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Community Workshop - Tasmania

Posted by Communications@NABS on 17 July 2014
Community Workshop - Tasmania

A Community Workshop is being held in Tasmania on Tuesday, August 5.

"What is discrimination?", "What laws protect me in Tasmania?" and "Where do I go for help?"

Staff from the OFFICE OF THE ANTIDISCRIMINATION COMMISSIONER discuss all of this and can answer your questions.

Questions/RSVP - Email Ali Dowl a.dowl@nabs.org.au

 

 

Posted in:Deaf Community News  

Koda Camp

Posted by Communications@NABS on 17 July 2014

NABS is proud to be a sponsor of this year's Koda Camp.

The first ever National Koda Camp is now OPEN for registration. 

WHEN:  Friday 7th to Monday 10th November

WHERE:  Tallebudgera on the Gold Coast (right on the beautiful beach!)

AGE:  12 – 17 year olds

COST:  $285 per camper

INCLUDES:  accommodation, meals, activities, half day Dreamworld entry and a gift

Koda’s from all over Australia are welcome to attend. There will be leaders from New South Wales, Queensland and Victoria. 

For more information visit: www.kodaaustralia.com.au

 

Posted in:Deaf Community News  

Tri Nation Deaf Tenpin Bowling Event

Posted by Deaf Community on 2 June 2014

- By Bruce Shaw, President Sydney Stars Deaf Tenpin Bowling Club

 

The Tri Nation Event which was played on 21st April, 2014 at Blacktown AMF was a big success. All bowlers and visitors enjoyed the games.

We had 6 bowlers on each team for Argentina, Australia and New Zealand for both men and womens teams.

Results:

Mens Tri Nation – 1st Australia - 37 points, 2nd Argentina - 25 points, 3rd New Zealand - 22 points.

Womens Tri Nation 1st Australia - 43 points, 2nd New Zealand - 33 points, 3rd Argentina - 8 points.

A great win for Australia.

 

That night we had a Presentation Night and the men all received a medal each and the team received a beautiful trophy which was sponsored by NABS.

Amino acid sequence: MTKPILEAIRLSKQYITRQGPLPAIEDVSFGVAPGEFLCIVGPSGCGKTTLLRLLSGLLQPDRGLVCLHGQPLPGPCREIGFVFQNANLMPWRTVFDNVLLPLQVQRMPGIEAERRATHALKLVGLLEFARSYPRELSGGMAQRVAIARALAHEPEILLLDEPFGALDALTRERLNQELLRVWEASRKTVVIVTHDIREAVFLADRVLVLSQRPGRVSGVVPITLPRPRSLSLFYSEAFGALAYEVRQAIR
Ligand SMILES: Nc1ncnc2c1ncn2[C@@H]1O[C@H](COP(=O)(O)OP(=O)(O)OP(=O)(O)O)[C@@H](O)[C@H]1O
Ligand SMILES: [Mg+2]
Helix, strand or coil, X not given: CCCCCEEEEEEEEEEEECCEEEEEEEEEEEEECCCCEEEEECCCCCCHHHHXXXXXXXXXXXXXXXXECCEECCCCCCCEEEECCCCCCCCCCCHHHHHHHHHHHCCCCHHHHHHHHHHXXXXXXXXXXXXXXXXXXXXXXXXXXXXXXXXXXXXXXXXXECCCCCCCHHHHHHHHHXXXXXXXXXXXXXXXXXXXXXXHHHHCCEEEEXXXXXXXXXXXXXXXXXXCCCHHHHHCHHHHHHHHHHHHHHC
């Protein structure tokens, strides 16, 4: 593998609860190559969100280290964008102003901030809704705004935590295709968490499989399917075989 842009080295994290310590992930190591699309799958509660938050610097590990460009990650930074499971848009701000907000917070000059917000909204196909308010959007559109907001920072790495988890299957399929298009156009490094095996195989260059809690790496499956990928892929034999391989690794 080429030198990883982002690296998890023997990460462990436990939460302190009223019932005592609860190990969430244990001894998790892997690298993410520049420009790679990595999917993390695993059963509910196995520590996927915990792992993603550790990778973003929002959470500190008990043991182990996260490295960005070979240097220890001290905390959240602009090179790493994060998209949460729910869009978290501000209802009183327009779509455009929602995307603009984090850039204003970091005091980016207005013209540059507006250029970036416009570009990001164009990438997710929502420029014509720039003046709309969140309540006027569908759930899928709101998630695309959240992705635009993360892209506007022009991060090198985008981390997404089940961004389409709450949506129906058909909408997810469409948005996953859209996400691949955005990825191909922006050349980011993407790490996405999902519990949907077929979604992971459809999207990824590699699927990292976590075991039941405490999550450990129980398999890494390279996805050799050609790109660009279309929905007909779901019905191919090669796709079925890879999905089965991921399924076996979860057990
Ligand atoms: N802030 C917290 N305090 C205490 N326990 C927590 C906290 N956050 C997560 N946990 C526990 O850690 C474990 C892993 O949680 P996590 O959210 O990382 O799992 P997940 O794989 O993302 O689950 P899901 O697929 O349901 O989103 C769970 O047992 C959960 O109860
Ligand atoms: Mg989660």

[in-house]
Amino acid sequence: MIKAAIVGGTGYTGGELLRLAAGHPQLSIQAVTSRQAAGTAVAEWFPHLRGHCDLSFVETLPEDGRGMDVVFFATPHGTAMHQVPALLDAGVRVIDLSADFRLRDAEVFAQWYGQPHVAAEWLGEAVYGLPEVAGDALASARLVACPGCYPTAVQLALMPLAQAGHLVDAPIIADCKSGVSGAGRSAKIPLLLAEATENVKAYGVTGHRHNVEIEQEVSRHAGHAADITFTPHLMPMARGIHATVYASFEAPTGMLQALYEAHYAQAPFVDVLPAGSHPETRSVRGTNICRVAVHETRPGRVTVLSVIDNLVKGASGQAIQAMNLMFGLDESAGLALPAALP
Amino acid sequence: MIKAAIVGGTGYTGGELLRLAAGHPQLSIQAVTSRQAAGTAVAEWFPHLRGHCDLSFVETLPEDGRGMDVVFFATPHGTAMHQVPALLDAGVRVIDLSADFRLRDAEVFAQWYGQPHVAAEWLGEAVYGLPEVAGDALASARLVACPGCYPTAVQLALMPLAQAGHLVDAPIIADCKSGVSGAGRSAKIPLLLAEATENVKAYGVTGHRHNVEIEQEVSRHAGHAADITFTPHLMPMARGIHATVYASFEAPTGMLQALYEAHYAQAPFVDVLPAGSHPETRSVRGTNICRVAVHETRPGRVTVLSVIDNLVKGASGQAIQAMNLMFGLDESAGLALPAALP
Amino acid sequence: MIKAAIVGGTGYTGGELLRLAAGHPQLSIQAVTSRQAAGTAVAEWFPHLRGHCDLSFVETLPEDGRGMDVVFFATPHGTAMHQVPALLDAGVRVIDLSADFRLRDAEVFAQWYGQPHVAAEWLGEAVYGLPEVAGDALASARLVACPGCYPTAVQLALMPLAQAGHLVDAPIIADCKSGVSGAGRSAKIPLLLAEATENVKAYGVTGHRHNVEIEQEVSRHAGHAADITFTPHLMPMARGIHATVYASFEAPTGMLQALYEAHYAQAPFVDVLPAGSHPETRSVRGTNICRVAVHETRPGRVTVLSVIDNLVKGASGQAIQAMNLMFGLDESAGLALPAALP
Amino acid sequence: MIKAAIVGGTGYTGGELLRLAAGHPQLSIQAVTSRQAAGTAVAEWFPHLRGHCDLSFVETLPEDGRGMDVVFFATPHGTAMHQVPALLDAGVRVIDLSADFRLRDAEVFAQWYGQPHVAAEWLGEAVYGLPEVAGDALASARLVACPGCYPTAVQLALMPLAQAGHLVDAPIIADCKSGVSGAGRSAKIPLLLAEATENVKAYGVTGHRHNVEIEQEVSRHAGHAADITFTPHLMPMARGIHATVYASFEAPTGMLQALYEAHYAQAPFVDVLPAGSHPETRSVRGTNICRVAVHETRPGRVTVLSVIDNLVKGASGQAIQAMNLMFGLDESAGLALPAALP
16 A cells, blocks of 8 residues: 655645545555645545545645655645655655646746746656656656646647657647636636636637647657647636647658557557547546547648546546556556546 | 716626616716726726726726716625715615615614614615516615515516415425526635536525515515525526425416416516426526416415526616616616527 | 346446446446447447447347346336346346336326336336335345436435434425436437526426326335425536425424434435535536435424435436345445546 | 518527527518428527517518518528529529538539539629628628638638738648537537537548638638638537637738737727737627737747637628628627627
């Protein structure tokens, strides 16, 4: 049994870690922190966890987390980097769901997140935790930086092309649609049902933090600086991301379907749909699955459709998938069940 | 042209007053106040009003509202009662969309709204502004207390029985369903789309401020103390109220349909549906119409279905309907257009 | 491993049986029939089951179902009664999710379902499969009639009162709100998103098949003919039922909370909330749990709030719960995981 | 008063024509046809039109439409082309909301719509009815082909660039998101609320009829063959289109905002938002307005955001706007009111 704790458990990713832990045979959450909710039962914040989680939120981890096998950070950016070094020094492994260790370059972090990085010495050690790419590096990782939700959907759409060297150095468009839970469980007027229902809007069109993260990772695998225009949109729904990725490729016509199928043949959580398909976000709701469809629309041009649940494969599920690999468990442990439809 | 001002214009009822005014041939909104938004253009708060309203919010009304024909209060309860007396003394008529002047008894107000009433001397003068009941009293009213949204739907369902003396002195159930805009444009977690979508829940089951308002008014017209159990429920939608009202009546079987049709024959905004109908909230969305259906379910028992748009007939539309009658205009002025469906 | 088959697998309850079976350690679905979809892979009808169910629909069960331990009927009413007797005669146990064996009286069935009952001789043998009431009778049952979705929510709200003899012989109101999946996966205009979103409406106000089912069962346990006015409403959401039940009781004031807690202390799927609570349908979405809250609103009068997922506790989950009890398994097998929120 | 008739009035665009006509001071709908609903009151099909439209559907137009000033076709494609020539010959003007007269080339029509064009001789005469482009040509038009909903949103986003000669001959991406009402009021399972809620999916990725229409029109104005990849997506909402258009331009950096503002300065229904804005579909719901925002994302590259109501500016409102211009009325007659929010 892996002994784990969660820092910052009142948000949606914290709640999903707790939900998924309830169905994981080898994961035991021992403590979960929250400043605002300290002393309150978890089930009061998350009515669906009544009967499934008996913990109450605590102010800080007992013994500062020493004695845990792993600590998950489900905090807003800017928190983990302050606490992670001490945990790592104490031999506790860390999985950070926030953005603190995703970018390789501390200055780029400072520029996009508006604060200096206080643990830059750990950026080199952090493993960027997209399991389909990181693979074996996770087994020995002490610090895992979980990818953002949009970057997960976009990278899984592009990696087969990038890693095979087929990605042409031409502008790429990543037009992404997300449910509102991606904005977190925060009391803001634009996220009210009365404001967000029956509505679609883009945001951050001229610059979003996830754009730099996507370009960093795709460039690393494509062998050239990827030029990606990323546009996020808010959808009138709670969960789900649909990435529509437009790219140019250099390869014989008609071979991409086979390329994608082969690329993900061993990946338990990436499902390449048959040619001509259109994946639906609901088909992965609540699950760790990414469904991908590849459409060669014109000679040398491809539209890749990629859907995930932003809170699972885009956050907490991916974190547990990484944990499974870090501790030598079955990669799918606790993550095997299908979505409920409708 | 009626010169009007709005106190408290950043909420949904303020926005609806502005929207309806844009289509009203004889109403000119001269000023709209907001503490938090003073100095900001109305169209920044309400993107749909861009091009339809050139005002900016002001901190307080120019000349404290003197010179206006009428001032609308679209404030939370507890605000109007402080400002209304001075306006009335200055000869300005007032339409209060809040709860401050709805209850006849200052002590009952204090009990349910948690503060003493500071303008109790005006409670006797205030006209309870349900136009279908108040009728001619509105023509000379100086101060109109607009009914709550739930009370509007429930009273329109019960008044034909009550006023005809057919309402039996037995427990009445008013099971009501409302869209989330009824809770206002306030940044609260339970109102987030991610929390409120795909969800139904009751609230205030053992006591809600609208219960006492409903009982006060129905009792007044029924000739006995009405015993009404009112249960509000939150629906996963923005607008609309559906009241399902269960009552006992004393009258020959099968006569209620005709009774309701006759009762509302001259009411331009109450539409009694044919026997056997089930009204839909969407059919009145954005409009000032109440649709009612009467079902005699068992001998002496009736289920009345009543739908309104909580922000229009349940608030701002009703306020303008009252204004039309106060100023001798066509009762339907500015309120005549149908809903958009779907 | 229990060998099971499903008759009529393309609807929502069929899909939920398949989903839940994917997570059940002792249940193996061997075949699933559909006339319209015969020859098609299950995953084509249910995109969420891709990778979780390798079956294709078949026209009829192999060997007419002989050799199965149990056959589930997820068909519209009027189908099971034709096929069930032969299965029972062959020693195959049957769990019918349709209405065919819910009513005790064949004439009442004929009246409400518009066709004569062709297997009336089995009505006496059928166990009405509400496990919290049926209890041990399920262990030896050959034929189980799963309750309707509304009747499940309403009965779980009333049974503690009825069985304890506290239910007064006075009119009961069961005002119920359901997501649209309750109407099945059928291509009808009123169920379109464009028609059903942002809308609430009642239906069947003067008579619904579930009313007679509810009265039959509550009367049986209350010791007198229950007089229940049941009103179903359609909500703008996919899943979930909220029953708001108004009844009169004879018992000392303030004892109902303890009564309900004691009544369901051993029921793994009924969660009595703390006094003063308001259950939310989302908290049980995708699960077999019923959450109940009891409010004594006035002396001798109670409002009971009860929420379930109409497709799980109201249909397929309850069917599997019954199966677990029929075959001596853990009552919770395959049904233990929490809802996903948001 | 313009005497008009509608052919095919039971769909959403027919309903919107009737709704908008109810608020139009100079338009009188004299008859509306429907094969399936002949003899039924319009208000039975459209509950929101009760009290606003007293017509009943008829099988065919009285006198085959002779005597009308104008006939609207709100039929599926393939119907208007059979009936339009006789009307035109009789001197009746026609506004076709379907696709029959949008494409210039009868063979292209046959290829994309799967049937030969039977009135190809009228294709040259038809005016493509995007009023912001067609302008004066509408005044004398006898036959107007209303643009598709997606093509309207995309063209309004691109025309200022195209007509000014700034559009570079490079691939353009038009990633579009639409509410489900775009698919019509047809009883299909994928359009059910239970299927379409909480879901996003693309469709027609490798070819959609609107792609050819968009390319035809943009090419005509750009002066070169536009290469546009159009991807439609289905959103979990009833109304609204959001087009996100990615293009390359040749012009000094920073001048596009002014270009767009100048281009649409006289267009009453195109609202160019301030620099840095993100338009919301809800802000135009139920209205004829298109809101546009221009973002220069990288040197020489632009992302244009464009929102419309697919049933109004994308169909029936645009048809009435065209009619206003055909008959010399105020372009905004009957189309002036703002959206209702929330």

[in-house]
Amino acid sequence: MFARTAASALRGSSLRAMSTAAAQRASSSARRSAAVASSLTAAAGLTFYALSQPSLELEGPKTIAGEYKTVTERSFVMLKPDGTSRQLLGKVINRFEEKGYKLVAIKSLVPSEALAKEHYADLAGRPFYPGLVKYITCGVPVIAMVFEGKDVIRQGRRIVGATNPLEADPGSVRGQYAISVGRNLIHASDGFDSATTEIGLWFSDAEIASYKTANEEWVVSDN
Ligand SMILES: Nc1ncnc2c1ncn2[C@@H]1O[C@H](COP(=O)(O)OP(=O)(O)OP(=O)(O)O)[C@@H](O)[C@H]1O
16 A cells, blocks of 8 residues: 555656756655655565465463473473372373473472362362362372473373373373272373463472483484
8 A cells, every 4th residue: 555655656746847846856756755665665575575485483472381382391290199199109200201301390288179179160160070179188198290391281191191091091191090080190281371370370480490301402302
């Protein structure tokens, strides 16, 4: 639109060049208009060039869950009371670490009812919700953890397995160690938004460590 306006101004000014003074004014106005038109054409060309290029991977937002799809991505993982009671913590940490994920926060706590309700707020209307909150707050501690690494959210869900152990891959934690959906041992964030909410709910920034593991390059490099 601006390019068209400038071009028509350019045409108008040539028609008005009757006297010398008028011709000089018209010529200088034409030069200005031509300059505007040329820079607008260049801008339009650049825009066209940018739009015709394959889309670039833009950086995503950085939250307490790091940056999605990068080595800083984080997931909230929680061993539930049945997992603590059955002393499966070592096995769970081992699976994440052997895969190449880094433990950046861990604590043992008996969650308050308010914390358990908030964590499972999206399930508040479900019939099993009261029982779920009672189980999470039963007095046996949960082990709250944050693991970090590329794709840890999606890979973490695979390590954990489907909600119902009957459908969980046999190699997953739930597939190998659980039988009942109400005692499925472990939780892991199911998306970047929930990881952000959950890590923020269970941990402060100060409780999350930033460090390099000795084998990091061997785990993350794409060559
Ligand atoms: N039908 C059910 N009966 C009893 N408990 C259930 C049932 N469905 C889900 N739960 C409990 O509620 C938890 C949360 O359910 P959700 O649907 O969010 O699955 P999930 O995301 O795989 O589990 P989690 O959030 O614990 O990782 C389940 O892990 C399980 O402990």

The women also received medals and the team received a trophy donated by Sydney Stars Deaf Tenpin Bowling Club.

The Argentina bowlers had a wonderful time here in Australia. They toured Darling Harbour, the Opera House, Aquarium and Wildlife Museum. They also did a Harbour Bridge Climb. We took them to the Blue Mountains and Canberra. They enjoyed every minute. It was sad to see them leave.

The Argentineans went to New Zealand after Australia to compete in the Tri Nations over there. 11 bowlers and fans from Australia also went to New Zealand so they got to spend some extra time with the Argentina bowlers.

 

New Zealand competition results:

In the Tri Nation competition in New Zealand in the mens competition 1st  Australia - 34.5 points, 2nd Argentina - 30 points, 3rd New Zealand -19.5 points.

In the womens competition  1st Argentina -11 points, 2nd Australia – 9 points , 3rd New Zealand – 7 points.

 

It was a big 2 weeks and we were all very tired but it was worth it. 

On behalf of the Sydney Stars Deaf Tenpin Bowling Club I would like to say a huge ‘thank you’ to NABS for their very kind sponsorship. It was much appreciated.

Posted in:Deaf Community News  

NABS in Italy

Posted by Deaf Community on 8 May 2014

Sandra with her NABS notebook at Bagni di Lucca, Italy.

Posted in:Deaf Community News  

National Indigenous Health Conference (2013): a presentation by Liz Temple, NABS Interpreter

Posted by Communications@NABS on 28 April 2014